Sharing the statement with your employees will also allow them to check if it resonates with them and is aligned with their values and priorities. Also, younger millennial team members between the ages of 25 to 32 can immediately see if they're going to make a difference or not, which is important for them.




How do you prepare and structure going about a difficult conversation with team members so that it is positive, productive, and not emotionally draining?



Preparation is key to managing difficult conversations.


Before jumping in, make sure you know why you are having this conversation and what outcome you want to achieve. Stay respectful, actively listen and focus on the points you wish to raise to stay in control and on track during the conversation.


Simon Sinek's FBI approach can help you facilitate the conversation as well.


F is for feelings: "You made us feel uncomfortable, angry, helpless, sad, etc."

B is for behavior: "You are confrontational, nitpicky, distracting, etc."

I is for implications: "These are the consequences if you don't stop your negative behavior."




One of the most important things that need to happen very quickly after the vision and mission is developed is that it needs to be cascaded down and share fully within the rest of the organization so that everybody understands it.



What is a tangible step founders and managers can take this next week to bring them closer to being a thoughtful and responsive leader who cares and is proactive in how to structure their team?


The one immediate step to take to be a thoughtful and caring leader is to get to know yourself, including your strengths and limitations and even triggers extraordinarily well because the better you know yourself, the more effectively you'll work with other people. When you're aware of those things, you can become more mindful and thoughtful, which will enable you to have tougher conversations.


You can also get to know your work colleagues because we work more effectively with people when we know them better both personally and professionally. It will also make those difficult conversations a little easier because you're talking to actual people, not their positions.





We go in-depth with this topic and more over at the podcast. Listen here:



 

To Recap:


1. Organizations with clear and impactful vision and mission statements have happier employees who work well with each other and are more competitive. However, many leaders still find it challenging to implement the company's vision and mission statement alone because they see it as a threat to their independence and not a guide to making the right choices.


2. A vision and mission are two separate statements; a vision is what your company wants to achieve or where it wants to be in the future, while the mission is what it is doing right now to attain that vision.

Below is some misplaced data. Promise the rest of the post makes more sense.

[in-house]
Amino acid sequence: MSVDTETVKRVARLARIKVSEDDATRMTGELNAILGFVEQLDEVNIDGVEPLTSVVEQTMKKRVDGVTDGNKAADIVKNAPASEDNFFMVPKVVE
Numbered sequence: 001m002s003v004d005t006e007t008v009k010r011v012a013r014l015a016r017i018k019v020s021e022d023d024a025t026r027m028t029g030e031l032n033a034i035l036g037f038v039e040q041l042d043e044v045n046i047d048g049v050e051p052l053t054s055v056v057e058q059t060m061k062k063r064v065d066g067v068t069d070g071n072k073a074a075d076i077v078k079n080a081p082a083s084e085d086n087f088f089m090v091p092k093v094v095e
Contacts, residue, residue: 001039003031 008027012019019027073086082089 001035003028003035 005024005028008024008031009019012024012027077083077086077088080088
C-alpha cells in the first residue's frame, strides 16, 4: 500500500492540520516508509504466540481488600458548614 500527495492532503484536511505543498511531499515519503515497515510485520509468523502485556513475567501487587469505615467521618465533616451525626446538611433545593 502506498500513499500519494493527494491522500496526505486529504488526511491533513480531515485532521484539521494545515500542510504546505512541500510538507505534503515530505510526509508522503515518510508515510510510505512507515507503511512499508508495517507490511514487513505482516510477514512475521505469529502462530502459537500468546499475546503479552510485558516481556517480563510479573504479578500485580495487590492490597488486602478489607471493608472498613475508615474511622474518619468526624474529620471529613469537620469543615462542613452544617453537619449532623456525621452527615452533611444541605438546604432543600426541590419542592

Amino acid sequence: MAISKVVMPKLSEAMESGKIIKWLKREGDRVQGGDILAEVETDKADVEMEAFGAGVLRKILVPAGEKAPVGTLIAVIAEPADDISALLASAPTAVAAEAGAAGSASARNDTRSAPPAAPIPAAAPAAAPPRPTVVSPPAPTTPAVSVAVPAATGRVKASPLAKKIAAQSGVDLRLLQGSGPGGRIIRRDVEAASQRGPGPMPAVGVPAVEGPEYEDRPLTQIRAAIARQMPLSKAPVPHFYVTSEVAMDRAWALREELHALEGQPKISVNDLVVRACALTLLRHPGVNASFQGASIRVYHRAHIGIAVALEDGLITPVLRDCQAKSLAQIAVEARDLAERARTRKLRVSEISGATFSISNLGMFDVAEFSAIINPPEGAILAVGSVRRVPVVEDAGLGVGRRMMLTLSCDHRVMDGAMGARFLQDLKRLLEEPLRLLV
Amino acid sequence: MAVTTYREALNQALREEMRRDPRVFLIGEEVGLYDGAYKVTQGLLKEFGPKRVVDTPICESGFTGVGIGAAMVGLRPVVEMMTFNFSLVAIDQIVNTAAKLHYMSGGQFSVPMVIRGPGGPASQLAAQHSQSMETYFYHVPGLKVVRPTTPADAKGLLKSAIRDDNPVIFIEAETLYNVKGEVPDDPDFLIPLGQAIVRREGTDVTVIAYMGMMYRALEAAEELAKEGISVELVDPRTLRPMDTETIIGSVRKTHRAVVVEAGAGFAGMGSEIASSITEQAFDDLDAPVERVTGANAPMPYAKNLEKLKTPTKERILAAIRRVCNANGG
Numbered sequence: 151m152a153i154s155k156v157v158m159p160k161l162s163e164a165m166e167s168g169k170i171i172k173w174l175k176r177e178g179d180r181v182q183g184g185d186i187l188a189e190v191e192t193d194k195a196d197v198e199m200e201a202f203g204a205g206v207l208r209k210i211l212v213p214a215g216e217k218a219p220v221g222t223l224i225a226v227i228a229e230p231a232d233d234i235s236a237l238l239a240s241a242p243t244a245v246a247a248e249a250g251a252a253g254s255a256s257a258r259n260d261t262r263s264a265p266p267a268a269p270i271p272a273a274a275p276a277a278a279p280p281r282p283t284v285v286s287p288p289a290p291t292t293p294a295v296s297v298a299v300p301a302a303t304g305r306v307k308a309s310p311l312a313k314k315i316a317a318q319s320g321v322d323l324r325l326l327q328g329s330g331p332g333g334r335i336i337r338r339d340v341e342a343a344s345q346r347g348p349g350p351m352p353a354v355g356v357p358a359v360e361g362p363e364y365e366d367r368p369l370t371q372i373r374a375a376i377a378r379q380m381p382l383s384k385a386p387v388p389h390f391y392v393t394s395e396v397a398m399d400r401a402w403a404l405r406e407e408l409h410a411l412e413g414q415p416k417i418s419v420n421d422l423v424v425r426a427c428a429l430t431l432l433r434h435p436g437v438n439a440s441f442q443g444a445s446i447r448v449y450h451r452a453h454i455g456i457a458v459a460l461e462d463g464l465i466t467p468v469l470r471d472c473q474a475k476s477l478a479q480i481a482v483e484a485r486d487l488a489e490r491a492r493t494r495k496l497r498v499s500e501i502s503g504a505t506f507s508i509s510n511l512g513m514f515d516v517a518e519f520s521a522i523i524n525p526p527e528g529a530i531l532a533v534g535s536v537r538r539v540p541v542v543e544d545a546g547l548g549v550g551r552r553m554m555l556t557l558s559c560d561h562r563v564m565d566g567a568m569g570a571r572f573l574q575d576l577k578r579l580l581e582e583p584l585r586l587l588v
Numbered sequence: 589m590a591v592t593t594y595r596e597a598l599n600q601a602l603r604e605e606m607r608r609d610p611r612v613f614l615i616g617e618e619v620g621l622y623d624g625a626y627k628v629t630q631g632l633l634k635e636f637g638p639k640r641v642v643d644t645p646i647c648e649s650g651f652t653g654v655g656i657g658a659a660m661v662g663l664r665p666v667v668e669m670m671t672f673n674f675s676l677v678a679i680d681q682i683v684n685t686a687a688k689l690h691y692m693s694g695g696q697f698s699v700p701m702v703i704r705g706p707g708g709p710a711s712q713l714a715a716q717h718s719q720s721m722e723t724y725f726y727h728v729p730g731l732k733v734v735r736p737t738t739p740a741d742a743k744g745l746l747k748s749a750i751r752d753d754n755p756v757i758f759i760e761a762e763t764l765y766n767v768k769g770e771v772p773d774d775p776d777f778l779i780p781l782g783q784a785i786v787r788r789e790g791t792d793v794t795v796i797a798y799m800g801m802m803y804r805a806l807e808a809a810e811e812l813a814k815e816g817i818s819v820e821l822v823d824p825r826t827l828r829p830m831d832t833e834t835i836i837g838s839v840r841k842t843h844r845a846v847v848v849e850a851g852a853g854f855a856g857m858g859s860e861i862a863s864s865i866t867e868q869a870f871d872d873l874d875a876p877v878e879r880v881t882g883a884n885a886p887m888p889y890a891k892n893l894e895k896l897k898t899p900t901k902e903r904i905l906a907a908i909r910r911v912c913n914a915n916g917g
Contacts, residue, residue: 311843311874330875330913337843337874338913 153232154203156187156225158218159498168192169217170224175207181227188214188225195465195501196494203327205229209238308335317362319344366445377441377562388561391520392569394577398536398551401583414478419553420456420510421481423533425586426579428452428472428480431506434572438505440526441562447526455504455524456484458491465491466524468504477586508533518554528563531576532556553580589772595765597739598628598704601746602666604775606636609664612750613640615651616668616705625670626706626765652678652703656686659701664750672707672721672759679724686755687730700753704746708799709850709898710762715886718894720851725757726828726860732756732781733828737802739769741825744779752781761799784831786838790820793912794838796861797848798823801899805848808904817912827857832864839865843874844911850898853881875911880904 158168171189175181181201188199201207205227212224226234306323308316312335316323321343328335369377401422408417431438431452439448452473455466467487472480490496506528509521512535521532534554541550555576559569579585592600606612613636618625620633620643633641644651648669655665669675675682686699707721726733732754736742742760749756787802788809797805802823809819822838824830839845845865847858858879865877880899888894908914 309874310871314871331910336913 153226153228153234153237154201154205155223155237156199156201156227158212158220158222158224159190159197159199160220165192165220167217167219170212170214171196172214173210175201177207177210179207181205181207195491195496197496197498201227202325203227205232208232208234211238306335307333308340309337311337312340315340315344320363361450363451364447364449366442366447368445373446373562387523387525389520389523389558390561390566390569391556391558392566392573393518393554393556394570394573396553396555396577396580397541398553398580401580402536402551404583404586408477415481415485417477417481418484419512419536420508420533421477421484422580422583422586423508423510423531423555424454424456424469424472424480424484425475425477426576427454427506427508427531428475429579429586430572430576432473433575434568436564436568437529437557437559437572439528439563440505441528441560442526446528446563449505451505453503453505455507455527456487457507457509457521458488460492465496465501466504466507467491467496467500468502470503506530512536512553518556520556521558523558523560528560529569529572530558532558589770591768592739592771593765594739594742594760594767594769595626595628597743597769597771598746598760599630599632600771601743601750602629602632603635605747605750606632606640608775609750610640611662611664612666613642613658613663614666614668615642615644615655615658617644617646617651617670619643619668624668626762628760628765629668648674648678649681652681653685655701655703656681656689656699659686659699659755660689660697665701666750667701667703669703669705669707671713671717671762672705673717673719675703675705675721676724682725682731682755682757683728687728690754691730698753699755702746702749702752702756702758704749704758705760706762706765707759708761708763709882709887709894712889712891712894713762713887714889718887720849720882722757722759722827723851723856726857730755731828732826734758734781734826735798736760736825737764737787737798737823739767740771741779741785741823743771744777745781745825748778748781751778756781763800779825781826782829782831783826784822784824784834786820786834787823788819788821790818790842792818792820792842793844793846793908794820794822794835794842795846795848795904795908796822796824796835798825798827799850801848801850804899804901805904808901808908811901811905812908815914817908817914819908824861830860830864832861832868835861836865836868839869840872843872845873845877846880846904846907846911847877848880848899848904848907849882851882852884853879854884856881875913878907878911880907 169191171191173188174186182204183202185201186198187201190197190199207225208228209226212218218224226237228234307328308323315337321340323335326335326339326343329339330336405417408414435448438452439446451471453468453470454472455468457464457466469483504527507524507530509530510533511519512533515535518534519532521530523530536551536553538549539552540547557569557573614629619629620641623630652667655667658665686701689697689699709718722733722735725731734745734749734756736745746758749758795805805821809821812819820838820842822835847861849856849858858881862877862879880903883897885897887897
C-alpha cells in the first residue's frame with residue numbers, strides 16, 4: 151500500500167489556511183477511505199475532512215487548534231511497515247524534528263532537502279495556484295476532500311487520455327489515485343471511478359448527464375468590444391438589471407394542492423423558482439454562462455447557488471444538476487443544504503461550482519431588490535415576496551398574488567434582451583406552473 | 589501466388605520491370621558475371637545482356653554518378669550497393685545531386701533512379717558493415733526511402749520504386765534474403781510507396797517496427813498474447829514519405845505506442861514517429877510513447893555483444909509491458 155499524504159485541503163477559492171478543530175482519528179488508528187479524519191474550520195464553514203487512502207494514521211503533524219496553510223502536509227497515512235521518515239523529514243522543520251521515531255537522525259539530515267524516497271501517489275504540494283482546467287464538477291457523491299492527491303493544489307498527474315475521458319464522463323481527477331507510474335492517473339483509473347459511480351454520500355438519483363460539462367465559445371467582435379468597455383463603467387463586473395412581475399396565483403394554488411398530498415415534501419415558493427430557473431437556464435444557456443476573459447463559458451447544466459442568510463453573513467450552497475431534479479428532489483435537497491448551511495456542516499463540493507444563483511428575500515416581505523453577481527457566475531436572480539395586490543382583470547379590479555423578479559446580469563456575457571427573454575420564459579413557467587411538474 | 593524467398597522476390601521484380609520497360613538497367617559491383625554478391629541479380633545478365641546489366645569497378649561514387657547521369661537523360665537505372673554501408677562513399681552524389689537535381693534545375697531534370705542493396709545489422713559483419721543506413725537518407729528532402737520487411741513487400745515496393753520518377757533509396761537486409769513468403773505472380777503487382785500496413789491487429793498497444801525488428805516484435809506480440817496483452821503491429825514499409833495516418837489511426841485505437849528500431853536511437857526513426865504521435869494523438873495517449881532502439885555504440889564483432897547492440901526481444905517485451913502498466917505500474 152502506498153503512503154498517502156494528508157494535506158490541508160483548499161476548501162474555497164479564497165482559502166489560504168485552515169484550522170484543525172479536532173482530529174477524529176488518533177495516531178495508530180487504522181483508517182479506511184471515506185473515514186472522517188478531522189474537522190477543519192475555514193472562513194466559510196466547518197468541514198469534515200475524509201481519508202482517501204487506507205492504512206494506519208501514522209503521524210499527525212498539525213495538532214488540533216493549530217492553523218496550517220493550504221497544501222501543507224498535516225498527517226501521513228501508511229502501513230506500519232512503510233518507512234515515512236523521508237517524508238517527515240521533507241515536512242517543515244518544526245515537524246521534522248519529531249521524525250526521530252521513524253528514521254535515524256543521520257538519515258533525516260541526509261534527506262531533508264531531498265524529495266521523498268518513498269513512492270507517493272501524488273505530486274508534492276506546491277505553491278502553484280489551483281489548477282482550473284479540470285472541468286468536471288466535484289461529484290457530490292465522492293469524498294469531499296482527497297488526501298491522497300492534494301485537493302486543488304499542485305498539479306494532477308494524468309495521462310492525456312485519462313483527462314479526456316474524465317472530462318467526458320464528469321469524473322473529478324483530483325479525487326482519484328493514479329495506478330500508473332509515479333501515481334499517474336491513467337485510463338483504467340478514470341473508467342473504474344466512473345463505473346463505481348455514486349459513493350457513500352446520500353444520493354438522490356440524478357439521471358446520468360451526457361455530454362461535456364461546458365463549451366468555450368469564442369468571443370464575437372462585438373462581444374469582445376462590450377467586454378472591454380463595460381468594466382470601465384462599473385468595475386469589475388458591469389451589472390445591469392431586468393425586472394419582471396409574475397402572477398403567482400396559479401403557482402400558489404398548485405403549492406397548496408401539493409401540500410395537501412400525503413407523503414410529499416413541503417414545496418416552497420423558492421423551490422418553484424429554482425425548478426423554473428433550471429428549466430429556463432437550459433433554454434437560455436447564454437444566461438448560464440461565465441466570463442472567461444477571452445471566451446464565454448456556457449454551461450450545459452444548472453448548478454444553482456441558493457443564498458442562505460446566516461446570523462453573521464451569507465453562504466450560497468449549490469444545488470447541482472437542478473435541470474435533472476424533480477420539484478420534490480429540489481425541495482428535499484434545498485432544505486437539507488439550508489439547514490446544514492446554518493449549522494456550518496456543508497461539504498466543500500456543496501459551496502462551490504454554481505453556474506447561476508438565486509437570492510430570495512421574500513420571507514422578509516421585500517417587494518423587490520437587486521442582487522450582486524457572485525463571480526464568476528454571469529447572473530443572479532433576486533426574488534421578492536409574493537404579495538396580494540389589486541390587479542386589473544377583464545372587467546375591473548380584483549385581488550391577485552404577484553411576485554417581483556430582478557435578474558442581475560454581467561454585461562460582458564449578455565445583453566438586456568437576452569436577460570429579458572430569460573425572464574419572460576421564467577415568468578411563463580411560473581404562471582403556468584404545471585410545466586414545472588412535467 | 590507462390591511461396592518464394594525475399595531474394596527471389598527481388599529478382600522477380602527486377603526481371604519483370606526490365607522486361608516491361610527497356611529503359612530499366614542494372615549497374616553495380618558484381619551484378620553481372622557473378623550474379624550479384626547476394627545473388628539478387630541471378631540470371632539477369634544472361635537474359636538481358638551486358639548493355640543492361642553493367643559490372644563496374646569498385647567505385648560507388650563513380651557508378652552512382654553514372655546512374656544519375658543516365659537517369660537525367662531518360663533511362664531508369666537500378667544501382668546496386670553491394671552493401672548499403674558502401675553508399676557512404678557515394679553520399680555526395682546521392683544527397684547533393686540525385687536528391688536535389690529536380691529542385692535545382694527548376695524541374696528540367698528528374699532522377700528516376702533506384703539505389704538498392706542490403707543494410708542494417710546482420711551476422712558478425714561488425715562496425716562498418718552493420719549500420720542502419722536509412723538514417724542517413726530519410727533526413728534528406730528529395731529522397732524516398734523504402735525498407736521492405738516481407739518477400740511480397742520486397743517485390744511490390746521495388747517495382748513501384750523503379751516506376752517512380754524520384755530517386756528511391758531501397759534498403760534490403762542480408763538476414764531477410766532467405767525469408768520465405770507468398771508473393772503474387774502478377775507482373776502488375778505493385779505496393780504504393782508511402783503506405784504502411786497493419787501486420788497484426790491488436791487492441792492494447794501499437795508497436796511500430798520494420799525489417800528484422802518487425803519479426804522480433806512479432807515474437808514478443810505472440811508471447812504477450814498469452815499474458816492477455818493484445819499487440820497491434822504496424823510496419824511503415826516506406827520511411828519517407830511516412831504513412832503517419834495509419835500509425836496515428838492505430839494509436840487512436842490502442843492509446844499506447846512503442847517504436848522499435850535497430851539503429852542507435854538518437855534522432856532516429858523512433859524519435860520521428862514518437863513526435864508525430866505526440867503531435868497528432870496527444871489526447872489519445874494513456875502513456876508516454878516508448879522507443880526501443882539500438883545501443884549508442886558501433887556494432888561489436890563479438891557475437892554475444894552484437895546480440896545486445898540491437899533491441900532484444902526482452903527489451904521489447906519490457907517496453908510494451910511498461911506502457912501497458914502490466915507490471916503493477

3. Share your vision and mission statement with your employees immediately after drafting its final form. They can learn and absorb it and see if it aligns with their value system.


4. Before sitting down one-on-one with your employee for a difficult conversation, prepare by being clear about what you want to address and the outcome. Listen attentively, be respectful, keep on track, and develop possible solutions.


5. Get to know yourself very well, your motivations, values, and how you act around others. These can help you transform into a more thoughtful and caring leader who can easily handle tough conversations.



 

About Ron L. Reich

Ron L. Reich is a trainer and coach and the President of RLB Training and Development.


He has almost three decades of experience working with major organizations, focusing on leadership and management development, corporate training, and organizational development. Ron has worked in many industries, including medical and assisted living facilities, manufacturing, high tech, retail, pharmaceuticals, and banking. He is also a well-respected and sought-after faculty member of the American Management Association.


LinkedIn: https://www.linkedin.com/in/ron-reich-7809829

Instagram: https://www.instagram.com/leadership_rlb/


Other Resources Mentioned in this episode:


Patrick Lencioni | The Advantage: Why Organizational Health Trumps Everything Else In Business


Stephan Covey | The 7 Habits of Highly Effective People by Stephen Covey


Jon Gordon | The Energy Bus: 10 Rules to Fuel Your Life, Work, and Team with Positive Energy by Jon Gordon


Simon Sirek | How Great Leaders Inspire Action


 

by Kathy Svetina

Kathy is a Fractional CFO and the founder and director of NewCastle Finance LLC. She is a financial puzzle solver, focusing on women-owned businesses, providing financial insights needed for a healthy and sustainable business.